US sanctions Zimbabwe's Owen Ncube over protest crackdown

Owen Ncube is ineligible to enter the US over his 'involvement in gross rights abuses', says the State Department.

    Thousands of Zimbabweans rallied on Friday in support of President Emmerson Mnangagwa's call on the US and the EU to lift sanctions on Zimbabwean leaders [Philimon Bulawayo/Reuters]
    Thousands of Zimbabweans rallied on Friday in support of President Emmerson Mnangagwa's call on the US and the EU to lift sanctions on Zimbabwean leaders [Philimon Bulawayo/Reuters]

    The United States has imposed sanctions on Zimbabwe's state security minister over what it says is credible information of his involvement in "gross violations of human rights".

    The State Department said on Friday it would deny entry into the US to Owen Ncube. 

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    "We are deeply troubled by the Zimbabwean government's use of state-sanctioned violence against peaceful protestors, and civil society, as well as against labour leaders and members of the opposition leaders in Zimbabwe," Secretary of State Mike Pompeo said in a statement

    "We urge the government to stop the violence, investigate and hold accountable officials responsible for human rights violations and abuses in Zimbabwe," he said.

    Zimbabwe has seen numerous anti-government protests this year, mostly brought about by the failing economy which has rendered nearly five million citizens dependent on aid.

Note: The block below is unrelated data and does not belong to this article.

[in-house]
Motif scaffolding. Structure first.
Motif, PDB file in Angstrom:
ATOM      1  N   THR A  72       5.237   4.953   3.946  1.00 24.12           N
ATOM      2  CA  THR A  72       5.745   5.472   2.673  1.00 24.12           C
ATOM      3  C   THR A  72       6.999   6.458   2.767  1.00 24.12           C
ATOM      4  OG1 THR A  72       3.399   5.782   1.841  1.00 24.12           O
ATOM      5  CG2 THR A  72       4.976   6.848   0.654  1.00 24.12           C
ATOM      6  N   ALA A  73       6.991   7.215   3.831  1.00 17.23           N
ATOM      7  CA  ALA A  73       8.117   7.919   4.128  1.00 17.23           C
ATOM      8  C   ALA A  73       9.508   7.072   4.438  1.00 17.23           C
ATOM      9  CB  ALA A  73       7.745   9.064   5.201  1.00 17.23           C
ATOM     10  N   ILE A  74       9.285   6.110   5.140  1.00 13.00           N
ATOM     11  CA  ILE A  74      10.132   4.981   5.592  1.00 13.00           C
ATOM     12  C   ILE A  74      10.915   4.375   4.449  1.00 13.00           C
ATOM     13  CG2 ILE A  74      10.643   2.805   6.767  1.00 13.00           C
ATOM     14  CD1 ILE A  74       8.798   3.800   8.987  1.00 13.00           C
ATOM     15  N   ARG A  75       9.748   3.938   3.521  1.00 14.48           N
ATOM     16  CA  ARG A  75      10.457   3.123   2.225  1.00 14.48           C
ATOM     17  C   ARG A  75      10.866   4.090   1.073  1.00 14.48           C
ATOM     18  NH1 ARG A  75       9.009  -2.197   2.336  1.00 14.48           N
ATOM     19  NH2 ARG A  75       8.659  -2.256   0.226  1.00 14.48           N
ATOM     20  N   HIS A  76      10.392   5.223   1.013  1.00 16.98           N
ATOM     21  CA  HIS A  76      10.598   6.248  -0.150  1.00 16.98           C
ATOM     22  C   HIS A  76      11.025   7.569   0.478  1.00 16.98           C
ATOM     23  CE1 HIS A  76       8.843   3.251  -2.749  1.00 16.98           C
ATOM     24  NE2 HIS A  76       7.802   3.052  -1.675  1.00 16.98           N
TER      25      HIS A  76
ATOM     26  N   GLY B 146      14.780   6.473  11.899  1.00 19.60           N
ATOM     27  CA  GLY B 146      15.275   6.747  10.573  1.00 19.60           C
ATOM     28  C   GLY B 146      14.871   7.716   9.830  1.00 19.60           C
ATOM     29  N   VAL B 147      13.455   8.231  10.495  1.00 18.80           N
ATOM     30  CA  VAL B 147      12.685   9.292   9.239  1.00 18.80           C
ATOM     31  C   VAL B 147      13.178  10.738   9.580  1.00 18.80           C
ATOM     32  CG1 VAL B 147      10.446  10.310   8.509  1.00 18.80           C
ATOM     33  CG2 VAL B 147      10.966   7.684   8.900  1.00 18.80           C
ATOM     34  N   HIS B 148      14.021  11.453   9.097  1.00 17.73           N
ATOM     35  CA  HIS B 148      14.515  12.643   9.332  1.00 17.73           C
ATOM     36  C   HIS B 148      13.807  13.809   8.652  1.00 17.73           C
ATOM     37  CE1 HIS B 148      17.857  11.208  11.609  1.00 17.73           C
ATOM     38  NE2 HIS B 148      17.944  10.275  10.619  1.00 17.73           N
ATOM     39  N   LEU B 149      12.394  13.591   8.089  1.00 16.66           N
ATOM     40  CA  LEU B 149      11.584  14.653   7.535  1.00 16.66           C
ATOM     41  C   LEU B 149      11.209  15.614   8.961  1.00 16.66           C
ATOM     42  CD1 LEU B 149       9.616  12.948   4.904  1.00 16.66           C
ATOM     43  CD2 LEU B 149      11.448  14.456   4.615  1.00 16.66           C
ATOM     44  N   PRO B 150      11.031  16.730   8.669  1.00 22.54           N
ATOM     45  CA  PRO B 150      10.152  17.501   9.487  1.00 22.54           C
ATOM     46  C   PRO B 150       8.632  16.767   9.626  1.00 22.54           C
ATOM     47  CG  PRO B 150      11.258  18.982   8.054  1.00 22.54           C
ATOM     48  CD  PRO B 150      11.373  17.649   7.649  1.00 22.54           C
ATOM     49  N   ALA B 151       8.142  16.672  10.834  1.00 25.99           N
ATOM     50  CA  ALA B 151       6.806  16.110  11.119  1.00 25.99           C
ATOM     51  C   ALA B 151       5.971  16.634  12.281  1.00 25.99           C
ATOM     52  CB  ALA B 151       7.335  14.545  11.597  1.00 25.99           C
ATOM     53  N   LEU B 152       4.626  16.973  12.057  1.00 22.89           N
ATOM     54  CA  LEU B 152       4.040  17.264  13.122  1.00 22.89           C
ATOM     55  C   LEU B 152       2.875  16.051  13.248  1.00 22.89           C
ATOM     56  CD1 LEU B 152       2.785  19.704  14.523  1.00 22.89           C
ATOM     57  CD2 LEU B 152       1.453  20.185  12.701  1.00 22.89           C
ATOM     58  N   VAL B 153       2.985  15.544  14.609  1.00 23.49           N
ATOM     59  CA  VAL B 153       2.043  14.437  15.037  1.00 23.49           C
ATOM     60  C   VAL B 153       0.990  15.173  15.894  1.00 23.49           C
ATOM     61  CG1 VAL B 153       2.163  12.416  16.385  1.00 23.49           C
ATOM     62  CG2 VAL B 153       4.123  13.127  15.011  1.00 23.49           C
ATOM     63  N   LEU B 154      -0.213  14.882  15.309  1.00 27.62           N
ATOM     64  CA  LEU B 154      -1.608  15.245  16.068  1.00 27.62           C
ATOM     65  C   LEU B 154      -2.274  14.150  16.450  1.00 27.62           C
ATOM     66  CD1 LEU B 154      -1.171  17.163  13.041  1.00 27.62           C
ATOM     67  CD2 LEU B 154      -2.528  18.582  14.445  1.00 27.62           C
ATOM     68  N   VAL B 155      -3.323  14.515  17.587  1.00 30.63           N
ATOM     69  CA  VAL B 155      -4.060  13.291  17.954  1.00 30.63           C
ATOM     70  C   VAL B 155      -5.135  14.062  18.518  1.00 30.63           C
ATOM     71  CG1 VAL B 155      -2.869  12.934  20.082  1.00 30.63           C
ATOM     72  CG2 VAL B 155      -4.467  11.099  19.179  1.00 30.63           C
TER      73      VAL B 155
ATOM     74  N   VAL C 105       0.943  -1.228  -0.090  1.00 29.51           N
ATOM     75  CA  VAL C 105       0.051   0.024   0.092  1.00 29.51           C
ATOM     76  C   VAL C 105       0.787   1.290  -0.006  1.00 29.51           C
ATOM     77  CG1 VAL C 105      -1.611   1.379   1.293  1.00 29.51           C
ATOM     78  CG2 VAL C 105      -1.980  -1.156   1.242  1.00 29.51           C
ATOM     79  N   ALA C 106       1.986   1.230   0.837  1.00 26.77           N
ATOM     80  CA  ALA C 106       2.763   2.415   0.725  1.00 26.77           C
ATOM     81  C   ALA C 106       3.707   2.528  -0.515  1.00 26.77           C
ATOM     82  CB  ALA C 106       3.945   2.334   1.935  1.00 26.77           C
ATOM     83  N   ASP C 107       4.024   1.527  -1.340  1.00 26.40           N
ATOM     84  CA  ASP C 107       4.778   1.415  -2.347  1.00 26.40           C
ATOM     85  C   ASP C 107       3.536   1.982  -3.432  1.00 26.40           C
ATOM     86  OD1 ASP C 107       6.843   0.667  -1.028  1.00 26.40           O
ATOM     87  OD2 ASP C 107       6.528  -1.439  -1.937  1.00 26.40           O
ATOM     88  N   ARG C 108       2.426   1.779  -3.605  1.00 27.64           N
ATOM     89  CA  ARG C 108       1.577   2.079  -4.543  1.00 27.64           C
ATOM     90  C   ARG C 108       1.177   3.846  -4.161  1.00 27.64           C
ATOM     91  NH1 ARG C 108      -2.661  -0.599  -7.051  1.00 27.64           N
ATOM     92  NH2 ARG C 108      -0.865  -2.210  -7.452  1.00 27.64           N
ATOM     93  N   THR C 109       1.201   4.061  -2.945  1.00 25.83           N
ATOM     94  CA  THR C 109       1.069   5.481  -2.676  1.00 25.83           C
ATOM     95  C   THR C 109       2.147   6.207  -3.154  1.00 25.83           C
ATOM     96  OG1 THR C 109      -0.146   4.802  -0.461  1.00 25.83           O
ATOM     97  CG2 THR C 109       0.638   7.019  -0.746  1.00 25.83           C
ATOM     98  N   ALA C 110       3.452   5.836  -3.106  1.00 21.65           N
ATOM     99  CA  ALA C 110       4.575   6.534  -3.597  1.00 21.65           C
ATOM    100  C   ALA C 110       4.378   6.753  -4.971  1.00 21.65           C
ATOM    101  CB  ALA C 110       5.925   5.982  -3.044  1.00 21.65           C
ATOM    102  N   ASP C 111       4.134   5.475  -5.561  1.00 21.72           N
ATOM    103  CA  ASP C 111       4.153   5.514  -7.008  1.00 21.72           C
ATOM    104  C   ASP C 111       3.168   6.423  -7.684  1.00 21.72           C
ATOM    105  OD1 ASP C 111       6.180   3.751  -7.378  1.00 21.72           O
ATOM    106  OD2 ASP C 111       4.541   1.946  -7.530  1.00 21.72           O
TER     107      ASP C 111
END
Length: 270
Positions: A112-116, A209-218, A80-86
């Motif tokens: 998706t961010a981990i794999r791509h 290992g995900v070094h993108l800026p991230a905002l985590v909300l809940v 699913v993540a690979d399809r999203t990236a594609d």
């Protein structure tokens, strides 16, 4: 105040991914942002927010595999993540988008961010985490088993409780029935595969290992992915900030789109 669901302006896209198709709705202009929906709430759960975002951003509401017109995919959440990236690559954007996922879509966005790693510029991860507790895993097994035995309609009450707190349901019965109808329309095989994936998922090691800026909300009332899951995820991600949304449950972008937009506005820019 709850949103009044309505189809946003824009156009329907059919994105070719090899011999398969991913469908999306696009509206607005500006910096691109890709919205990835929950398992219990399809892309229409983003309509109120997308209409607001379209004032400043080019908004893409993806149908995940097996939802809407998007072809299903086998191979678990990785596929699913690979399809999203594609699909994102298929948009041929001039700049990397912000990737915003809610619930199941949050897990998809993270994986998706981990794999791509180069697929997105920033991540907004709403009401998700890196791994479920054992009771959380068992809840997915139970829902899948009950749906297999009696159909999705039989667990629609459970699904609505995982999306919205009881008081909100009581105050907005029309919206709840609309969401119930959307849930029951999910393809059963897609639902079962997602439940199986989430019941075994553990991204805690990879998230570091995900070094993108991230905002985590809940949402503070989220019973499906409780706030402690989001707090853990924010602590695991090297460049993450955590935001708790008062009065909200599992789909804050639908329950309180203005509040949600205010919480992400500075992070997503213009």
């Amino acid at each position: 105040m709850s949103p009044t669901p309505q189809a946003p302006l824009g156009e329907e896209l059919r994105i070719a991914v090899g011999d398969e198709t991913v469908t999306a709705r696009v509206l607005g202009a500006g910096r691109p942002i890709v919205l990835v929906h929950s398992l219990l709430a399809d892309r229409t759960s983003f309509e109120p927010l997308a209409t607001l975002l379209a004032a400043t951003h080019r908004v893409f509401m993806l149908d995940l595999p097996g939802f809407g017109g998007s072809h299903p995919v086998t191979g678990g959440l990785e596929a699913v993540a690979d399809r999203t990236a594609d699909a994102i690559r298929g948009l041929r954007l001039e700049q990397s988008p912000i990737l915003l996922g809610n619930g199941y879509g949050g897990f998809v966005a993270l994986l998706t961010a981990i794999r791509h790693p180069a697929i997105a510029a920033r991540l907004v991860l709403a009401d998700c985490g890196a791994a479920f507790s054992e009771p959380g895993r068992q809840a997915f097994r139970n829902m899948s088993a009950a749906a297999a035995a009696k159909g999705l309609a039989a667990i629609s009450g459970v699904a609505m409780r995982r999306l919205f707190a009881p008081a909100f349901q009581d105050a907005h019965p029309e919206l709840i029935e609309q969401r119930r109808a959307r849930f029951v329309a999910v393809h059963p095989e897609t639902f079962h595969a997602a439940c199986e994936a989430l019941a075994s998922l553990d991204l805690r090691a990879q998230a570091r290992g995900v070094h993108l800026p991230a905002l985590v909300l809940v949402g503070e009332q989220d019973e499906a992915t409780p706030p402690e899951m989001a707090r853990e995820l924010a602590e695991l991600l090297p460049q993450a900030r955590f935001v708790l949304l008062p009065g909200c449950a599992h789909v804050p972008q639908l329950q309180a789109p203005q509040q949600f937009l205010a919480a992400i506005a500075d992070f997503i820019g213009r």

There have been a number of reports of torture and abductions as authorities try to crack down on such insurgence.

    The United Nations special rapporteur on the rights to freedom of peaceful assembly and association expressed concern about "excessive military force" in Zimbabwe, in a report released late in September. 

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    Last month, doctors took to the streets after Peter Magombeyi, their union leader and one of the organisers of an effort to demand higher wages for state doctors, went missing.

    Ncube said at the time that Magombeyi's case was being treated as a disappearance, not an abduction, as his colleagues have alleged.

    Human rights groups say they have recorded more than 20 cases of abduction of activists by state security agents since January. The government denies any involvement.

    The US's move against Ncube came as thousands of Zimbabweans rallied in the country's capital, Harare, in support of President Emmerson Mnangagwa's call on the US and the European Union to lift sanctions imposed against him and other officials over alleged electoral fraud and human rights abuses.

    Mnangagwa blames the sanctions imposed by the US and European Union since 2001 for Zimbabwe's economic ills and says they are intended to remove his party from power.

    Two years after Zimbabwe's longtime ruler Robert Mugabe was forced out, people are still grappling with triple-digit inflation and shortages of basic goods like fuel.

    SOURCE: Al Jazeera and news agencies